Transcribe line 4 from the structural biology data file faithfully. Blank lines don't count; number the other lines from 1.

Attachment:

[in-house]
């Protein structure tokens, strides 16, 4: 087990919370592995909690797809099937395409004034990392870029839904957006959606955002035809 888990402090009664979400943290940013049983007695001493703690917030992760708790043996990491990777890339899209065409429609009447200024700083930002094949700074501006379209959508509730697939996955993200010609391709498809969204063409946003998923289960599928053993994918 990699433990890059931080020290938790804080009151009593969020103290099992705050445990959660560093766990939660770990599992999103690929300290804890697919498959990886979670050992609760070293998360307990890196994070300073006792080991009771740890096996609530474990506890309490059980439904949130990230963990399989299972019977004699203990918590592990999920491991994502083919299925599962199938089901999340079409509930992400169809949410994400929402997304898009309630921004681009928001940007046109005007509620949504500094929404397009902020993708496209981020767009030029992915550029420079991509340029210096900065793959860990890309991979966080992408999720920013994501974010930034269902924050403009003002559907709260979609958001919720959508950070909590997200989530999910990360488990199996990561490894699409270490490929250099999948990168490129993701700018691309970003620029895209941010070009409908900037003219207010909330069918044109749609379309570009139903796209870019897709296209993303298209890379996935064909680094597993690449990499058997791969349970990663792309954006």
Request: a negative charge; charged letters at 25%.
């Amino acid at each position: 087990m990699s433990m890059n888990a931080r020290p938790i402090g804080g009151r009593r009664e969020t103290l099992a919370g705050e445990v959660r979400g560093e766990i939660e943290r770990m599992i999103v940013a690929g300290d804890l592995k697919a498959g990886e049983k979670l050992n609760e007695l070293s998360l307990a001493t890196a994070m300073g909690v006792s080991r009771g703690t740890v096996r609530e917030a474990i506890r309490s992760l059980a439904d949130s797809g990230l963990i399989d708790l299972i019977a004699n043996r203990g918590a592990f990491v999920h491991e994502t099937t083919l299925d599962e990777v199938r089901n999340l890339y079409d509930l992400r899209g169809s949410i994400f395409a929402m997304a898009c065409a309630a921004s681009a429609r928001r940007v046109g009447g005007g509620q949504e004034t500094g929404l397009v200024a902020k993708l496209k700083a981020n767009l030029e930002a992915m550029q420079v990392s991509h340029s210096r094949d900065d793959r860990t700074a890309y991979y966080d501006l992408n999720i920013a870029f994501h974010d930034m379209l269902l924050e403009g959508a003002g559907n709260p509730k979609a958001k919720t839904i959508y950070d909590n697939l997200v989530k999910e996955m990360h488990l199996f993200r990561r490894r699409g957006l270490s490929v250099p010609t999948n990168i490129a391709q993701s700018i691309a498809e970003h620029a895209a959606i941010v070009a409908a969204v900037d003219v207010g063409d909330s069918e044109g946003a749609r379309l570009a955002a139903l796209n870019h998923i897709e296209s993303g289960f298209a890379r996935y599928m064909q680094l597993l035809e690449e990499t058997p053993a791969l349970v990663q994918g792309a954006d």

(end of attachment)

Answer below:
């Amino acid at each position: 087990m990699s433990m890059n888990a931080r020290p938790i402090g804080g009151r009593r009664e969020t103290l099992a919370g705050e445990v959660r979400g560093e766990i939660e943290r770990m599992i999103v940013a690929g300290d804890l592995k697919a498959g990886e049983k979670l050992n609760e007695l070293s998360l307990a001493t890196a994070m300073g909690v006792s080991r009771g703690t740890v096996r609530e917030a474990i506890r309490s992760l059980a439904d949130s797809g990230l963990i399989d708790l299972i019977a004699n043996r203990g918590a592990f990491v999920h491991e994502t099937t083919l299925d599962e990777v199938r089901n999340l890339y079409d509930l992400r899209g169809s949410i994400f395409a929402m997304a898009c065409a309630a921004s681009a429609r928001r940007v046109g009447g005007g509620q949504e004034t500094g929404l397009v200024a902020k993708l496209k700083a981020n767009l030029e930002a992915m550029q420079v990392s991509h340029s210096r094949d900065d793959r860990t700074a890309y991979y966080d501006l992408n999720i920013a870029f994501h974010d930034m379209l269902l924050e403009g959508a003002g559907n709260p509730k979609a958001k919720t839904i959508y950070d909590n697939l997200v989530k999910e996955m990360h488990l199996f993200r990561r490894r699409g957006l270490s490929v250099p010609t999948n990168i490129a391709q993701s700018i691309a498809e970003h620029a895209a959606i941010v070009a409908a969204v900037d003219v207010g063409d909330s069918e044109g946003a749609r379309l570009a955002a139903l796209n870019h998923i897709e296209s993303g289960f298209a890379r996935y599928m064909q680094l597993l035809e690449e990499t058997p053993a791969l349970v990663q994918g792309a954006d």